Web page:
High Plains Haboob Blows Across Five States

By Tom Yulsman | March 13, 2014 7:45 pm
High Plains Haboob blows

NASA’s Terra satellite spied these streams of dust blowing south across Colorado, Kansas, Oklahoma, Texas and New Mexico on March 11, 2014. (Source: NASA)

As a cold front blew across parts of the High Plains on Tuesday, winds kicked up a huge and intense dust storm. You can see it in the image above, captured by NASA’s Terra satellite.

The dust is streaming south out of Colorado and Kansas into Oklahoma, Texas and New Mexico. (Look for the streamers of pale, sand-colored stuff south of the big cloud bank.)

With winds gusting to nearly 60 miles per hour, visibility in southwestern Kansas was reduced to zero, according to the Cooperative Institute for Meteorological Satellite Studies. CIMSS also describes a pilot report of severe turbulence at 45,000 feet in the region, possibly the result of the passing cold front.

On the ground, a towering wall of dust known as a haboob rushed across a vast swath of the High Plains, enveloping towns and cities in a brown pall.

The photo above, posted to Twitter, was taken from an airplane flying near Amarillo, Texas, apparently at 38,000 feet. And here’s the High Plains haboob enveloping Clovis, New Mexico:

The winds associated with the south-moving cold front are simulated in dramatic fashion in this screenshot from an earth.nullschool.net visualization:

High Plains Haboob

Surface winds associated with the cold front blast to the south across a large part of the U.S. midsection on March 11, as seen in this visualization based on data from supercomputer forecast models. (Source: earth.nullschool.net)

The cold front winds were the proximate cause of the dust storm. But there was more to it than that.

High Plains Haboob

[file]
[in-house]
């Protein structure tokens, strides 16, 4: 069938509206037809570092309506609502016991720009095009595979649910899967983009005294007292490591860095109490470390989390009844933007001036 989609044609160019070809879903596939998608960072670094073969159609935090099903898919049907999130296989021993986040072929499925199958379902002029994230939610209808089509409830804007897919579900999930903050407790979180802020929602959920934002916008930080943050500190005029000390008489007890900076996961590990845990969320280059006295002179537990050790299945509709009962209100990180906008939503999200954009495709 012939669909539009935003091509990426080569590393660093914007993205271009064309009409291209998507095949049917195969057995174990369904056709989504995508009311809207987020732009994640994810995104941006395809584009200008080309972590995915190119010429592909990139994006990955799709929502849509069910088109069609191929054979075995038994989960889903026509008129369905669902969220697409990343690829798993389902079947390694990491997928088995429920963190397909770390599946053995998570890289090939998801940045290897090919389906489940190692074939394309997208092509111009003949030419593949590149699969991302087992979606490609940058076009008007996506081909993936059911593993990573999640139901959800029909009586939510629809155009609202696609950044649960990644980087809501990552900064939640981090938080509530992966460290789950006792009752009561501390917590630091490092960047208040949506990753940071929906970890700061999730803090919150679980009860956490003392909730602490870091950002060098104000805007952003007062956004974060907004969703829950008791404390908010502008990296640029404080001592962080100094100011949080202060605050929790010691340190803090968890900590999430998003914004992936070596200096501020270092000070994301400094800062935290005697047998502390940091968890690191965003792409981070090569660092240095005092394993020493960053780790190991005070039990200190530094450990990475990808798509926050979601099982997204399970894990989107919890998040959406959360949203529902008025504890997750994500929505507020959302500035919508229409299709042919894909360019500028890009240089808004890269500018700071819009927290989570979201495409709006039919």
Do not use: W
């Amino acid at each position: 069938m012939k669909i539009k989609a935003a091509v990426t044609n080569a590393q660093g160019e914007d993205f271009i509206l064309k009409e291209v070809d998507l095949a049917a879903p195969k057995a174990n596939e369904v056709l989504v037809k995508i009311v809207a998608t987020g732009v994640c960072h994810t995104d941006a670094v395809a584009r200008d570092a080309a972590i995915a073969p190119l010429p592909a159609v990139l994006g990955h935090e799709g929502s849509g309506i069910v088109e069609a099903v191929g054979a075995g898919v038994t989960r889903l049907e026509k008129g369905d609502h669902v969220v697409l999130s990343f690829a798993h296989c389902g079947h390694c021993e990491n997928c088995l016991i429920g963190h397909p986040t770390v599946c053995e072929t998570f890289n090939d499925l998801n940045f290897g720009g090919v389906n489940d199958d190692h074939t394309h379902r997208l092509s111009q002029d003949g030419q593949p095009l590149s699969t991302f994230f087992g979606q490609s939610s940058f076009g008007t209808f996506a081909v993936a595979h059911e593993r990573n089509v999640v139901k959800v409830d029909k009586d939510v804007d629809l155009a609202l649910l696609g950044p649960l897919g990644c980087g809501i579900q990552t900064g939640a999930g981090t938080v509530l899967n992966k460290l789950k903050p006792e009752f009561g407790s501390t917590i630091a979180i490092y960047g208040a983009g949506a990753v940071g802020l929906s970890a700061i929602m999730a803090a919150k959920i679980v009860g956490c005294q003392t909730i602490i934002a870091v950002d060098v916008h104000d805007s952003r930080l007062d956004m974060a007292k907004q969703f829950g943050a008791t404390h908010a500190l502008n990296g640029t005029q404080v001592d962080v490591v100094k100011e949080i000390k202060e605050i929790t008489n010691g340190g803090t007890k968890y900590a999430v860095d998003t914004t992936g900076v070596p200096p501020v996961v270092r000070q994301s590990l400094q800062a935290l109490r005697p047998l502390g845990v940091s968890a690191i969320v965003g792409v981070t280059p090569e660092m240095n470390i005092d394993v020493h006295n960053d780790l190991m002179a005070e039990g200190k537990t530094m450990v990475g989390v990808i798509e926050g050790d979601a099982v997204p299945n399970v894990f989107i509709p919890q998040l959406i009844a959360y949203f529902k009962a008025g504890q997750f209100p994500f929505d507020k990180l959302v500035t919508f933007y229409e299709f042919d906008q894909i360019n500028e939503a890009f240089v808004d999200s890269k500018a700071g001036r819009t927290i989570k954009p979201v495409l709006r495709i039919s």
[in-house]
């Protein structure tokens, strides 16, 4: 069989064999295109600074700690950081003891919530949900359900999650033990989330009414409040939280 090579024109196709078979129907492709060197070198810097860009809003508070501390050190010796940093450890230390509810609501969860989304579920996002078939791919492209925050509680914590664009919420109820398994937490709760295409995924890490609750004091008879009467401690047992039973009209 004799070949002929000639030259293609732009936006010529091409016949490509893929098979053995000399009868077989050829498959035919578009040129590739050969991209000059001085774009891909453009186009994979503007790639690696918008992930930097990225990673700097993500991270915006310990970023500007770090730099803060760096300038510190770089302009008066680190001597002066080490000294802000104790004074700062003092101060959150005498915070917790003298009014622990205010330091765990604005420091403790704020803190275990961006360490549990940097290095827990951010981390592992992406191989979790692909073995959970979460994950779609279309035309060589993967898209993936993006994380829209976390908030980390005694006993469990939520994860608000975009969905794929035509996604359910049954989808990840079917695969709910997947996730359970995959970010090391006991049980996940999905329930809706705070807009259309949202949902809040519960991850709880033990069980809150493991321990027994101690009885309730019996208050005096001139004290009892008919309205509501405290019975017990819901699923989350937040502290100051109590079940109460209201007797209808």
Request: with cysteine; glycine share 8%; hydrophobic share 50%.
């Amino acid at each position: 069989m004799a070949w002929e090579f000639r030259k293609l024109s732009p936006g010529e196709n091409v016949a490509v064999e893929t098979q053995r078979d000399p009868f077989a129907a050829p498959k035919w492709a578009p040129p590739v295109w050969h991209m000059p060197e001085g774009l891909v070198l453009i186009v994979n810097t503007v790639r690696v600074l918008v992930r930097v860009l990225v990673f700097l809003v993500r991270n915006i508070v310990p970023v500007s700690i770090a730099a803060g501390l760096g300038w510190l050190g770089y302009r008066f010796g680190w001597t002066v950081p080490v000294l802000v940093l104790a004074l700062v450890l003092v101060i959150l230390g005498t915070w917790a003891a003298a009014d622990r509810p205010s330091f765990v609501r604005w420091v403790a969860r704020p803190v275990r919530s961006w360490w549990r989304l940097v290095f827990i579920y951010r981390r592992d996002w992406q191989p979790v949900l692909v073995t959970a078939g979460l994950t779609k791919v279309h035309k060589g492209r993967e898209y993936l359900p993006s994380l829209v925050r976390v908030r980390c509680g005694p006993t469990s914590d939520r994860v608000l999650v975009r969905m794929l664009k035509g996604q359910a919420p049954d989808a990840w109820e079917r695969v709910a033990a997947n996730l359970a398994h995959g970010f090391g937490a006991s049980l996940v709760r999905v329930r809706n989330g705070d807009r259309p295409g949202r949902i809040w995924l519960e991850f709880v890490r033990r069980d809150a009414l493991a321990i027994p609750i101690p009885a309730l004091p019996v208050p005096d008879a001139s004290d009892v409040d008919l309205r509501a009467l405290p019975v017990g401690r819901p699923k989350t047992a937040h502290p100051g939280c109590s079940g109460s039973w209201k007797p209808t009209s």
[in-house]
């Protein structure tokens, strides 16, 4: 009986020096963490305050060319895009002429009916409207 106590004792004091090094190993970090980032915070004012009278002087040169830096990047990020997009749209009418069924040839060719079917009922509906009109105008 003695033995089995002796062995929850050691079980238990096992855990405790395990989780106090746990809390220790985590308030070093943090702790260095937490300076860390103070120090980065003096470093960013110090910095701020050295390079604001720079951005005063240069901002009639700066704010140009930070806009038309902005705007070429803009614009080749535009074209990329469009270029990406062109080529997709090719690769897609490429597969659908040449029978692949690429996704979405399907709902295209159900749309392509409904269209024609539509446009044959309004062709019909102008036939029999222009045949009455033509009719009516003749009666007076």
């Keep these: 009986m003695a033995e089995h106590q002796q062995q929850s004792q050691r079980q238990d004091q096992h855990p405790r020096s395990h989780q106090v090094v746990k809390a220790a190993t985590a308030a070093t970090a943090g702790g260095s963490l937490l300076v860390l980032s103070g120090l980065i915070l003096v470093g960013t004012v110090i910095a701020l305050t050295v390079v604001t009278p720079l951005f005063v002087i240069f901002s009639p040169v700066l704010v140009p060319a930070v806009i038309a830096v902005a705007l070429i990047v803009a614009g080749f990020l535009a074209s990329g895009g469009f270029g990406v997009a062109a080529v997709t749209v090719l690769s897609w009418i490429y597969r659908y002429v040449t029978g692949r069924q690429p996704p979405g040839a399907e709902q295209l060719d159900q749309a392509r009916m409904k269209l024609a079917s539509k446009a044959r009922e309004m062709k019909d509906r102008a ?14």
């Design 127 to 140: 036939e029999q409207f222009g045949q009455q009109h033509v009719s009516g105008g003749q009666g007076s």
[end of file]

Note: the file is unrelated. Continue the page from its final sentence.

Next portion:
This is the U.S. Drought Monitor map issued on Tuesday, March 11 — the very day of the High Plains haboob. Take a look at southeast Colorado, southwest Kansas, northeast New Mexico, and the panhandles of Oklahoma and Texas. This entire region is categorized as being in severe to exceptional drought.

As the latest drought monitor indicated:

Over the past 60 days, precipitation totaled 3 to 6 inches less than normal across central and east Oklahoma, southeast Kansas, north and west Arkansas, and south Missouri. Both 60- and 90-day amounts are only half of normal at best across the south-central Plains approaching the Red River Valley and Texas.

CATEGORIZED UNDER: Drought, Environment, select, Top Posts, Weather
  • ozonator

    Good article. Deniers do have a problem with such facts.

    • disqus_atlq8Zmtsd

      Deniers? As in global warming deniers? This article didn’t even mention global warming that I can tell (correct me if i’m wrong). It was an article about a weather event, not climate.

      • Tom Yulsman

        That’s right, I said nothing about global warming. It was a weather event.

        That said, the drought gripping the region is a climatic phenomenon. Is it connected to climate change? To get an answer, scientists would have to do a formal “attribution study.” That’s an extremely complicated undertaking, and as far as I know it has not been done in this case.

        An attribution study was conducted for the profound Central Great Plains drought of 2012, which affected a similar area. Among its conclusions was this:

        “Neither ocean states nor human-induced climate change, factors that can provide long-lead predictability, appeared to play significant roles in causing severe rainfall deficits over the major corn producing regions of central Great Plains.”

        You can find a summary of the study here: http://drought.gov/drought/content/drought-task-force-report-page